I have loved and lived with a series of film and digital cameras for more than thirty years. Whether doing a commissioned shoot or a personal project, holding my camera transports me to a mindful “present” that helps me see the world with a heightened intensity.
When I recall my photographic journey I started with a fabulous film SLR a Canon FTb and one 50m lens. As I moved into paid photography my equipment luggage grew to a size and weight I needed a personal porter to follow me around. SLRs, medium format SLRs, lots of lenses, flashes, filters, tripods, and then DSLRs and all the rest – I could not travel or go out without some pro gear at hand. Always having a camera at hand lead to getting some extraordinary images.
This news item published by pdn (Photo District News) in the United States is a small victory against the relentless march of authoritarian interference with the freedom to photograph public buildings.
It took the New York Civil Liberties Foundation taking on the US Government in court to lead to a mediated settlement as a result of which the photographer will receive modest compensation. More importantly, the agreement binds the US authorities to instruct in writing Federal agencies that in the absence of any contrary local regulation there is no prohibition on a member of the public photographing a Federal court building from a public space. It is worth following the link above and reading the actual agreement sanctioned by the court.
There are still many loopholes and opportunities f…
In July this year I wrote a journal about revisiting my old photographic friends, images I had not looked at for awhile. If you missed it you will find this journal here
Rediscovering those images taken a few years earlier in some cases, allowed me to see them anew and see their potential. After processing, some of them became some of my most interesting images.
Now I have gone back even further – I am exploring my film library. While I have not shot a roll of film for at least five years, I have kept all my negatives and transparencies since I fell in love with photography in my early teens. I even have some my efforts when I was about nine years of age. If I include my work as a professional photographer in 1980s I have shot tens of thousands of rolls of film.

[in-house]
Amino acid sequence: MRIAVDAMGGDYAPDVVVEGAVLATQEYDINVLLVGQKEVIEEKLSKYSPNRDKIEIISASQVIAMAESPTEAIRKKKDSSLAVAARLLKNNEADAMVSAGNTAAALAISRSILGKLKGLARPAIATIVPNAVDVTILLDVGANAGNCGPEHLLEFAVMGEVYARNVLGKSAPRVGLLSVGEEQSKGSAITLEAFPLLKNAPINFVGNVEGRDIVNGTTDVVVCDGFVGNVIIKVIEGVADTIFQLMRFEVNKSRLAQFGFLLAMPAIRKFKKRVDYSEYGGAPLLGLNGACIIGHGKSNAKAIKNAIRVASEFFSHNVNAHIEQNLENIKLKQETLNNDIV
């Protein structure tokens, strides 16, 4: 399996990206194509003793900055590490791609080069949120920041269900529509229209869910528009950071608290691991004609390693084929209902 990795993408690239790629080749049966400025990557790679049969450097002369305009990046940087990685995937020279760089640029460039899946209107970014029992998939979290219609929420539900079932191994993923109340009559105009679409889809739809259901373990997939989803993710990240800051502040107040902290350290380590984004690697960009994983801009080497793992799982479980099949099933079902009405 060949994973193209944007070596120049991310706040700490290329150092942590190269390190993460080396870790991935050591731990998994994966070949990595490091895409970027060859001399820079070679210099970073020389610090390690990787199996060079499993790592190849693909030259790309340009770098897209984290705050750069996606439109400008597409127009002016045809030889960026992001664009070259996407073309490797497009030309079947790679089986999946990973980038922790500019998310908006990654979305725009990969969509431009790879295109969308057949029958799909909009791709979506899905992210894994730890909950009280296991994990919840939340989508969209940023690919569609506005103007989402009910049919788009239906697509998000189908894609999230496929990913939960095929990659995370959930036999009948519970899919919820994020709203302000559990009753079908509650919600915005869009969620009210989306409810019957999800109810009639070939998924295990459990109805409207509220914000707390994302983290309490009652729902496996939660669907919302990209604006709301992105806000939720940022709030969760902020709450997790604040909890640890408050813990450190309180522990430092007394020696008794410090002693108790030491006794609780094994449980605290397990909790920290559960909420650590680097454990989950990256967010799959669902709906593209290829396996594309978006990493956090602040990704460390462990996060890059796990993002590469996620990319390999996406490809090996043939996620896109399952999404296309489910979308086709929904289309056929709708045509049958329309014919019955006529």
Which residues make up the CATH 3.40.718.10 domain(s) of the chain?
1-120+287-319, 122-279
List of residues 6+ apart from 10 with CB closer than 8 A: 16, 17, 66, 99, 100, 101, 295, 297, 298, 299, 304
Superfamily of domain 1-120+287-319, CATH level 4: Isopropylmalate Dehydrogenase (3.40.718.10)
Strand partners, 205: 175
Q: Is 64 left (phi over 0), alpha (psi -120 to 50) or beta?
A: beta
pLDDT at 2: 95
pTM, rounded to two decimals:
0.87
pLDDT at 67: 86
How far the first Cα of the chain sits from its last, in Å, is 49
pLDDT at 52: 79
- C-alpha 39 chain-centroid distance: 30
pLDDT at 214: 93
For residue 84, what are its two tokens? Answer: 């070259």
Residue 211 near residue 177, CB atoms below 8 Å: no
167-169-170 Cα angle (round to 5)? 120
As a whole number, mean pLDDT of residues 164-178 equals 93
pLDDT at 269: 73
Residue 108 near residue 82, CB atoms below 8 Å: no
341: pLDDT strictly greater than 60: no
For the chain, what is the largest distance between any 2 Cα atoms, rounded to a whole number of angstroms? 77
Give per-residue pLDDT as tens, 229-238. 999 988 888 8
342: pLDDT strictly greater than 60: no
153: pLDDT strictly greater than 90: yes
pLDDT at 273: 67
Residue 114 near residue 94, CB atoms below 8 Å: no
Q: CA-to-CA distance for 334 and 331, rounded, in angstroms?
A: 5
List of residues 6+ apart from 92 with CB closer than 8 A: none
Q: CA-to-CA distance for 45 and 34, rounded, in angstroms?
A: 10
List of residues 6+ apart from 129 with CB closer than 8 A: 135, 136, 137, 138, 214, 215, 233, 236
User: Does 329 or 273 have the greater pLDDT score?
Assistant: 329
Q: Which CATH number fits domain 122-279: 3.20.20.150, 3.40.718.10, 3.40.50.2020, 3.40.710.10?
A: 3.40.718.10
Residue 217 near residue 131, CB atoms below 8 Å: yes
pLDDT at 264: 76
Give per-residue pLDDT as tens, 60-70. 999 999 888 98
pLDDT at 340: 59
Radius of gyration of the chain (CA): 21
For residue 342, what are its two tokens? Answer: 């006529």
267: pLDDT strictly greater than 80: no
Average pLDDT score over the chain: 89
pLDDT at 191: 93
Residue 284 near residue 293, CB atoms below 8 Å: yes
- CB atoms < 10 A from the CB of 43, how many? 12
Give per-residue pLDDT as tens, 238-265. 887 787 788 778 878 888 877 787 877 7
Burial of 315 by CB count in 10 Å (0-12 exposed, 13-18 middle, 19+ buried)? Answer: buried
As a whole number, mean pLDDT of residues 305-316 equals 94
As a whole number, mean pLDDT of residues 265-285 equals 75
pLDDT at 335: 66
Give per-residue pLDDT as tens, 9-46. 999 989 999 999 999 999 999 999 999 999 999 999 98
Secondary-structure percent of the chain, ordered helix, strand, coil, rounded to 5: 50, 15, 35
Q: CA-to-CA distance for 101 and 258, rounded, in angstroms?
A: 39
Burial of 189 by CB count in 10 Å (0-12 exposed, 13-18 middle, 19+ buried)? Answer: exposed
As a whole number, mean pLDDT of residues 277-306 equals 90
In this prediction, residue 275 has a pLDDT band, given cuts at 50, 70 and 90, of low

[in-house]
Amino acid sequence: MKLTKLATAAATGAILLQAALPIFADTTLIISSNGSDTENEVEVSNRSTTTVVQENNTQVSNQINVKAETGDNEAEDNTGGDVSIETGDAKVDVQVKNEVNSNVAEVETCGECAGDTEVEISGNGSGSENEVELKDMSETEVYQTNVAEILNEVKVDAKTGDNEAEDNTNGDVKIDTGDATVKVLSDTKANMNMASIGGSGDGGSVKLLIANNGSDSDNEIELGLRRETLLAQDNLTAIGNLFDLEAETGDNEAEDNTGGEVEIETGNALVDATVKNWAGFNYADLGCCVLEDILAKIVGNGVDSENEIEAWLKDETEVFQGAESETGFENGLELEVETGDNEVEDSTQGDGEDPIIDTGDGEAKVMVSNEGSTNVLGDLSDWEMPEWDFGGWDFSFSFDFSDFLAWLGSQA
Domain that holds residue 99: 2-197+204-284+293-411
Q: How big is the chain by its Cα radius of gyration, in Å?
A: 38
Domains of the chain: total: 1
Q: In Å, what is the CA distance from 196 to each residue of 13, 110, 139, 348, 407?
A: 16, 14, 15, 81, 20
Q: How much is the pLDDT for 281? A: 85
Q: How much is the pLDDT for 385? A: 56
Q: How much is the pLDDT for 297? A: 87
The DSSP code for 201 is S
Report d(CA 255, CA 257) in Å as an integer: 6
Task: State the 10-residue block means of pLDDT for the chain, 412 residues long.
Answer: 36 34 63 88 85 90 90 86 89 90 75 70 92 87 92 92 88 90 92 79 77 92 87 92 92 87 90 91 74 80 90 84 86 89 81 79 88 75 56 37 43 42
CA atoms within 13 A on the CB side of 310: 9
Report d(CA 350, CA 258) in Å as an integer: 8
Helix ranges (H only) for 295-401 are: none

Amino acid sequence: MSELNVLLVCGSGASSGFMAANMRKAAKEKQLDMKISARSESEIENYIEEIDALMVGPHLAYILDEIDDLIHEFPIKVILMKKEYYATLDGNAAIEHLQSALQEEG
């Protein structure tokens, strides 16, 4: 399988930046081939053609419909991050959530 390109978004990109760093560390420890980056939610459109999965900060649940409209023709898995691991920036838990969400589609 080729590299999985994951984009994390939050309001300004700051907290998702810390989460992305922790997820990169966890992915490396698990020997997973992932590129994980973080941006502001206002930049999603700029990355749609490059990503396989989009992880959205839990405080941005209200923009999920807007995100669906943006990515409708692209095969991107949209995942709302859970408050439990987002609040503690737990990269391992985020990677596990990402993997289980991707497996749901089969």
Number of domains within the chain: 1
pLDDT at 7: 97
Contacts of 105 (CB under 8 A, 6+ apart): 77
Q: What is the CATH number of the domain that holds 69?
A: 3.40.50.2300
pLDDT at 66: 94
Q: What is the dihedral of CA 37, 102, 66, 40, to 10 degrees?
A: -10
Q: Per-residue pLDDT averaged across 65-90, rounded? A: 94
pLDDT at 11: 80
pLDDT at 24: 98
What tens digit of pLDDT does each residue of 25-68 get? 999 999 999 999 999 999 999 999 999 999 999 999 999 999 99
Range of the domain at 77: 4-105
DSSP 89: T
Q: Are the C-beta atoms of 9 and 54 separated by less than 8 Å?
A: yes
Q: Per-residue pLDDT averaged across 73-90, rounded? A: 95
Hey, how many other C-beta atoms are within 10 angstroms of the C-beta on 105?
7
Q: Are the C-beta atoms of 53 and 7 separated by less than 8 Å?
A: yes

Also worth reading are the comments made by readers of The Age in reply to the article.
Mr Strong’s most interesting points relate to the artistic and historic reasons why documenting life matters. Worthy collections or art and life photographed in the twentieth century would probably not have been created in the twenty first century.
I could say “the debate continues” however that suggests a two sided discussion. So far I see little movement on the part of politicians and regulators. They are so risk a…
Centered around the anecdotal experiences of landscape photographer Ken Duncan and Rex Dupain, carrying on his family tradition of documenting Australian life, this article sets out the hostility towards photography and photographers. Thanks to the The Weekend Australian for running this item.
Many of us involved in street photography or photographing Australia’s landmarks and landscapes have experienced the sort of harassment and plainly stupid over regulation discussed in the article in The Weekend Australian of 2 October 2010.